Thursday , September 19 2019
Home / zimbabwe / Frustrated travelers get a minute to see Mona Lisa at her new house in the Louvre of Paris

Frustrated travelers get a minute to see Mona Lisa at her new house in the Louvre of Paris

For hours, visitors to Qatar Louvre have been complaining that museum staff are allowing them less than a minute to see Mona Lisa.

About 400,000 people a day – the main attraction of Leonardo da Vinci's masterpiece, which accounts for about 5 percent of visitors to the Paris Museum – and employees are struggling to cope with it.

Mona Lisa was recently moved from her usual gallery to the Salle des Eights, which is undergoing renovations, to the temporary home of the Gallery Medicis. The relocation has hampered visitors' lining corridors and the Louvre is now advising that people who have pre-booked be guaranteed a glimpse.

The queue for the entrance extends hundreds of yards beyond the glass-and-metal pyramid that serves as the main gateway to the Louvre, the world's most visited museum. After staying in line for at least an hour, visitors will now have to queue again if they want to see Mona Lisa.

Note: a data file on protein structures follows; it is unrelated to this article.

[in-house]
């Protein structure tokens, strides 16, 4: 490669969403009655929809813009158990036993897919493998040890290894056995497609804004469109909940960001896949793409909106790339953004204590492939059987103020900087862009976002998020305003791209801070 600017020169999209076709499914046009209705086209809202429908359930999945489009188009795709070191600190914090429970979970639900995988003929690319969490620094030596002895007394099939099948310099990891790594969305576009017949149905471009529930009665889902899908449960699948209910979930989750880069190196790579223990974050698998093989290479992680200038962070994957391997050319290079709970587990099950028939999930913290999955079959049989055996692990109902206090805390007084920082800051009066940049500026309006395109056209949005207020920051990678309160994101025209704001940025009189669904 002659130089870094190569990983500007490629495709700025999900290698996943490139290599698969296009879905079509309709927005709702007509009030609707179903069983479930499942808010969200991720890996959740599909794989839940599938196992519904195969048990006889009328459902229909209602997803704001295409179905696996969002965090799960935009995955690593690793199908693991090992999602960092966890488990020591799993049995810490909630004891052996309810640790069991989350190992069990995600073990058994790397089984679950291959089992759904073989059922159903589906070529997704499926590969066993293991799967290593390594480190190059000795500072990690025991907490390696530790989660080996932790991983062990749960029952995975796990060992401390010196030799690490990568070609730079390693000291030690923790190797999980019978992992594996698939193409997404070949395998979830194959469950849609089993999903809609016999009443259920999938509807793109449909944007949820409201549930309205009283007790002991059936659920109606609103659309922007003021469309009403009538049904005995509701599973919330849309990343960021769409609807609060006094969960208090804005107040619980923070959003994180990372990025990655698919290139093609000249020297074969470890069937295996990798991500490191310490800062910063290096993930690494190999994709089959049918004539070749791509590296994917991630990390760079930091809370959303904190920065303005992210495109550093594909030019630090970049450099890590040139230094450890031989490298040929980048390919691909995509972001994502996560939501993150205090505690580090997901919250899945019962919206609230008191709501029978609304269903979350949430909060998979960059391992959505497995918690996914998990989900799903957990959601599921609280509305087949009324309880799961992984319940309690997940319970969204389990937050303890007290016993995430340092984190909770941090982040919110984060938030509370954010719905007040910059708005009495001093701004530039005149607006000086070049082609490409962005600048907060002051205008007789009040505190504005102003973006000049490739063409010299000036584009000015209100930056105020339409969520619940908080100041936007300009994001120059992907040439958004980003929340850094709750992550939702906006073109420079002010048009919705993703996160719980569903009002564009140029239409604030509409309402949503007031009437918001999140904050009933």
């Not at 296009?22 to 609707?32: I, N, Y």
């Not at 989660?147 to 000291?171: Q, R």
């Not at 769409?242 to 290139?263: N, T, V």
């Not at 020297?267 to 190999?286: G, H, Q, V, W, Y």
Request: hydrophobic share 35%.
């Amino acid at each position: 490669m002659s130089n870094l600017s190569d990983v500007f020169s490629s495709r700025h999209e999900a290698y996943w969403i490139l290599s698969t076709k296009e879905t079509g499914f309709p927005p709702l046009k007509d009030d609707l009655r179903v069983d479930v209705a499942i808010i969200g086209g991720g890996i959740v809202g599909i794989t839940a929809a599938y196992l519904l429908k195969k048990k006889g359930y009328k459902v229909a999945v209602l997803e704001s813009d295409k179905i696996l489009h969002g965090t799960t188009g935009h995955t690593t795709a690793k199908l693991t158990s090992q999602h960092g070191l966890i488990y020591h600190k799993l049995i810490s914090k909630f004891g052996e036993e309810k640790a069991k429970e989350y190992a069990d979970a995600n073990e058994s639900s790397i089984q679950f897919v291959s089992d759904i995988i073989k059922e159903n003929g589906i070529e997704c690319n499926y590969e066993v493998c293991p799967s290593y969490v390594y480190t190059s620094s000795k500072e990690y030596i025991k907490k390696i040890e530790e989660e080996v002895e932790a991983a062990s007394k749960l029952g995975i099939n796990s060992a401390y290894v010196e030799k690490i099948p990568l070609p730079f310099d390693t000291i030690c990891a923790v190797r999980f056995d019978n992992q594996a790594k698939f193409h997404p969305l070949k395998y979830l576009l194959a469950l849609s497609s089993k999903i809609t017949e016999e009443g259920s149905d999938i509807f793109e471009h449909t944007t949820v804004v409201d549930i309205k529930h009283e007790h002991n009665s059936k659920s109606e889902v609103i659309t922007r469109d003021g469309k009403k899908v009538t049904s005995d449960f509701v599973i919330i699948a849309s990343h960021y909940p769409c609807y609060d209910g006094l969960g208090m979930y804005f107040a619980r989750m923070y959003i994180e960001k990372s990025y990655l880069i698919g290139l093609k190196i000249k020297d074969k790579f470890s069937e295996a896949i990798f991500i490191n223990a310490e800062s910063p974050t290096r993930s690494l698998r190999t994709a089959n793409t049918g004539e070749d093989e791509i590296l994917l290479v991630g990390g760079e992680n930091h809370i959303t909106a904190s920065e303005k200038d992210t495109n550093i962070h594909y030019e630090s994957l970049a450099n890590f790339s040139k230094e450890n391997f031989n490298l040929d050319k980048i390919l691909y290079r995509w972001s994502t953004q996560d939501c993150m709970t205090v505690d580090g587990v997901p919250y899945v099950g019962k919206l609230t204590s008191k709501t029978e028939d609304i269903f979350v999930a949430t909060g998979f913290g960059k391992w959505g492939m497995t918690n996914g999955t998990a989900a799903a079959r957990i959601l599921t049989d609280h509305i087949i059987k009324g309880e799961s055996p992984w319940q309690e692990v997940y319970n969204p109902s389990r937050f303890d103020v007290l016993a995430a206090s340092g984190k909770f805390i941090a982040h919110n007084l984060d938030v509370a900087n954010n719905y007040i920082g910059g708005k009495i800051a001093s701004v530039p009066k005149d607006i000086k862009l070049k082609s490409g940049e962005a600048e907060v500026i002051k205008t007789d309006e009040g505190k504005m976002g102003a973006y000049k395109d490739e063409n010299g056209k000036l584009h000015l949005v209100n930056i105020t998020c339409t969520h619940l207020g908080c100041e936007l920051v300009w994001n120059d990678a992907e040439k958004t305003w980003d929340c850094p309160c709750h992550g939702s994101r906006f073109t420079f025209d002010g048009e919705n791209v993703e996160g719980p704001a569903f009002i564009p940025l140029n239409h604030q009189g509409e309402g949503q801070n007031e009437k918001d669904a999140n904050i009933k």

Every few minutes, some 200 tourists grab their mobile phones and head to the painting, but museum attendants quickly draw a rope to the front of the queue to catch the next wave of eager visitors.

Most pay little attention to the Rubens paintings on the walls, focusing only on watching Mona Lisa in her protective glass closure and taking a selfie. Many people complain that museum staff only give them a minute or less to see the painting, before moving on to a clear space for others. Xavier complained to TripAdvisor, "Employees treat visitors like animals." "The result: the stress of watching a painting behind glass from several meters. Blasphemy!"

Many are also disappointed that the painting is less than they expected – 21 cm by 21 cm. "The queue was just terrific for Mona Lisa to enter and since it was so small it has come down quite a bit and you have to be quite stand-out to see it," another visitor commented.

Deputy Managing Director of the Louvre, Vincent Pommard, said the museum staff is doing their best, but autumn visitors will need to pre-book. "An incoming tourist with no bookings runs the risk of waiting too long and may not even enter." "This is the only way to guarantee entry."

In honor of the 500th anniversary of the death of Mona Lisa Leonardo, October will return to her usual gallery at the start of a major exhibition in Quબરber.

Daily Telegraph

See also: The 10 Worst Things To Do In Paris

See also: Ten Ways to Avoid Liked Tourists in Paris

Source link